DHL crew saves A300B4 after SAM hit on takeoff
Though unconfirmed by DHL, an unofficial collection of photos and text circulating on the Internet sheds chilling light on the November 22 missile attack at Baghdad International Airport. The Brussels, Belgium-based DHL Airbus A300B4-200 freighter, bound for Bahrain, was hit after takeoff and made a successful emergency landing back at the Baghdad airport with no injury to the three-man Belgian/UK crew. The weapon was a Russian-designed SA-7 surface-to-air missile fired by Iraqi insurgents. A video obtained by a French news team shows the group of Iraqis setting up and firing the missile, the flash when it struck the Airbus and the successful emergency landing.
The PowerPoint package includes a variety of photos of the dramatic landing, the aircraft running off the runway in a cloud of sand and details of the damage to the left wing. The text includes an account of the short flight and a summary of the damage, apparently written by a member of the DHL team sent to assess the airplane two days after the attack.
According to that report, the Airbus was hit by the missile at 8,000 feet. The projectile entered the left wing just inboard of the aileron at the trailing edge and penetrated a fuel tank, which was full. The explosion and resulting fire burned away much of the wing’s structure and precipitated a complete failure of the airplane’s yellow, green and blue hydraulic systems–all three. About one minute after the strike, the crew of the 1979-built Airbus was left with no control of the ailerons, elevator or rudder, leaving only engine thrust to fly the airplane. There is no manual reversion for either the primary flight controls or the trim system. The pilots flew by increasing thrust in both engines to raise the nose, decreasing thrust to lower it and using differential thrust for directional control.
According to other published reports, the captain had recently attended a safety seminar featuring retired United captain Al Haynes, who flew his DC-10 to a controlled landing at Sioux City, Iowa, in 1989, after an uncontained failure of the center engine severed all hydraulic lines, rendering the airplane’s controls useless. It was after Haynes’ remarkable achievement (of 376 souls on board, 184 survived) that NASA experimented with using engine thrust to control large aircraft after a total loss of hydraulic pressure.
Because the trim systems were also disabled by the loss of hydraulics, it was fortunate for the DHL crew that the aircraft was trimmed for a steep, relatively low-speed departure when the missile hit. Ironically, the procedure was meant to lessen vulnerability to missile attack, given the threatening combat conditions surrounding the airport. After the missile hit, the captain experimented with using engine thrust to control pitch and differential thrust to steer. He circled twice while the other two crewmembers extended the landing gear manually, but was conscious of the time limitations, given the fact that the wing was still on fire. The captain set up a 20-mile final with a reported approach speed of 225 kt, slowing to about 180 kt just before touchdown.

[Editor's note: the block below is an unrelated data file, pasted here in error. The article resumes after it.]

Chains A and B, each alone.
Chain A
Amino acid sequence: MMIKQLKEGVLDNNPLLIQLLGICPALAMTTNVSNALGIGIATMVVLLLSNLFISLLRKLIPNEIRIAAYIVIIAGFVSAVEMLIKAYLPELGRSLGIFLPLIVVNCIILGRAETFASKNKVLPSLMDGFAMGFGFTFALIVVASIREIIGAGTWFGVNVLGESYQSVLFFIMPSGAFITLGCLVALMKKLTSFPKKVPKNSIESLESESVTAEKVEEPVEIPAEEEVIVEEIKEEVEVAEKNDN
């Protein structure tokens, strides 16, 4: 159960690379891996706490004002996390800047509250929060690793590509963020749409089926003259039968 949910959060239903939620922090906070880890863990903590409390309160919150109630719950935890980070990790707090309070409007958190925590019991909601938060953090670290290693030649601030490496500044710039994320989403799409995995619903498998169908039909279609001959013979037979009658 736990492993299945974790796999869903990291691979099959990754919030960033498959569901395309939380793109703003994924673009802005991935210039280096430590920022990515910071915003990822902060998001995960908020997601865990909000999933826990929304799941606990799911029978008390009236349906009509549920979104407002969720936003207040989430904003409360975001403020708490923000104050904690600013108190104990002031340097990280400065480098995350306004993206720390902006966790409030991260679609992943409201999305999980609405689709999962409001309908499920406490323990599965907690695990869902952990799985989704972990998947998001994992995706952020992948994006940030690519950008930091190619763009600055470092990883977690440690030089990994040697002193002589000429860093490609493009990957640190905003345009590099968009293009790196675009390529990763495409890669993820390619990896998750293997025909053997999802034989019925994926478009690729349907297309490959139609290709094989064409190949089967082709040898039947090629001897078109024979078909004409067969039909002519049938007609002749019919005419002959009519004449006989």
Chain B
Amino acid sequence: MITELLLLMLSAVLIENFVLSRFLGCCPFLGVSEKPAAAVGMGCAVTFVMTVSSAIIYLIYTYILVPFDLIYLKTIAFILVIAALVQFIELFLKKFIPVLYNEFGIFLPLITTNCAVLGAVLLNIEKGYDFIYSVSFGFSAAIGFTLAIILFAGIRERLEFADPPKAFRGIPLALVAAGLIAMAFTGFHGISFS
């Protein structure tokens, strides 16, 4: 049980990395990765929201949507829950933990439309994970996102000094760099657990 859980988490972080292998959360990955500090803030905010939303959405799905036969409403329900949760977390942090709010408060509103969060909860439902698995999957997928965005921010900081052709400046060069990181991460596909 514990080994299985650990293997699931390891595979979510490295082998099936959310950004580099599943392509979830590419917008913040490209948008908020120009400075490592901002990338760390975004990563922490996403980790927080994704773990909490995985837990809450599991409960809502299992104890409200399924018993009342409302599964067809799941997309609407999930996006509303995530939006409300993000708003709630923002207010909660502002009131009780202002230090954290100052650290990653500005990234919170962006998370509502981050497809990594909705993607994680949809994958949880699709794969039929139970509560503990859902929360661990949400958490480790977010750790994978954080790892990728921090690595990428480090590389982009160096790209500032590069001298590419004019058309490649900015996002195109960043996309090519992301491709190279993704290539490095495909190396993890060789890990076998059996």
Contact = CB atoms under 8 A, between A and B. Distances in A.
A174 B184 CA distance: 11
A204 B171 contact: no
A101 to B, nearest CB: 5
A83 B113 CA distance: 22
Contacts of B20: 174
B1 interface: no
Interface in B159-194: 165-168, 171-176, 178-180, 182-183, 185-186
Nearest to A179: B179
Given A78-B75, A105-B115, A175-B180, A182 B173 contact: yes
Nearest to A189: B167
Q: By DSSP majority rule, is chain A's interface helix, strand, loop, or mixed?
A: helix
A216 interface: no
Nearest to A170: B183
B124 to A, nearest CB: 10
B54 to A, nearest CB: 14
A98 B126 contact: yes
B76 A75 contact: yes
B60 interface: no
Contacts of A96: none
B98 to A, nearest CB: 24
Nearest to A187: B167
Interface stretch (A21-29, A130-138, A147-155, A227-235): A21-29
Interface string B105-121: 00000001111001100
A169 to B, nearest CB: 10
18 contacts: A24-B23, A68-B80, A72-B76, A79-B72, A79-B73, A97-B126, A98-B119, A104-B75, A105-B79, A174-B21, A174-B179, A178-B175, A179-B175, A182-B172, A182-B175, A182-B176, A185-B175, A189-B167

Sixteen minutes after being struck, the crew attempted to land on Runway 33R, but shifted at the last minute to 33L. They landed hard, veering off the pavement into soft sand. (Had they landed on 33R, they would have hit the airport fire station.) After passing through a razor-wire fence, the airplane came to rest at the bottom of a slope between the runway and a taxiway. It had plowed through the soft sand for about 2,000 feet before coming to rest. While airport fire teams sprayed foam on
the still-blazing wing, the crew first attempted to escape via the left inflatable slide. But the slide apparently hit razor wire and deflated, so the three men deployed the right-side slide and evacuated.
David Rossier, a Continental Airlines pilot with more than 5,000 hours in A300s, told AIN, “The DHL crew’s achievement was just as remarkable as that of Al Haynes back in 1989. Without hydraulics, that airplane becomes an anvil.”
It took a U.S. Air Force tug with 300-foot cables attached to each main landing gear and a pushback tug on the nosewheel to tow the Airbus out of the soft sand and razor wire and back to an Iraqi Airways facility. The assessment team said the left engine would rotate, but had ingested razor wire and lots of sand and was deemed unsalvageable. The right engine had seized, presumably from ingesting even greater quantities of fence and sand at full reverse thrust, used by the crew to try to keep the Airbus straight on the runway. The engine inlet suffered “unacceptable” lip damage from the wire and fence posts to the point where it, too, appeared unsalvageable to the team.
On the wing, about 10 feet of the rear spar in front of the outboard flap was either blown or burnt away. The top and bottom wing skins bulged upward and downward where the initial explosion occurred. What remained of the outboard flap track was dangling with a small portion of the flap itself. The rest of the flap was missing. An expansive crack in the inboard section of the rear spar was attributed, possibly, to stress from the heavy landing. The front main spar was intact, though burned, and the fuel-tank ribs in front of the outboard fuel tank (tank 1A) were burned halfway through.
The reactions of all those who have seen the photos and read the damage assessment has been consistent. The DHL crew, unnamed so far, performed remarkably to bring the heavily damaged aircraft to a safe landing.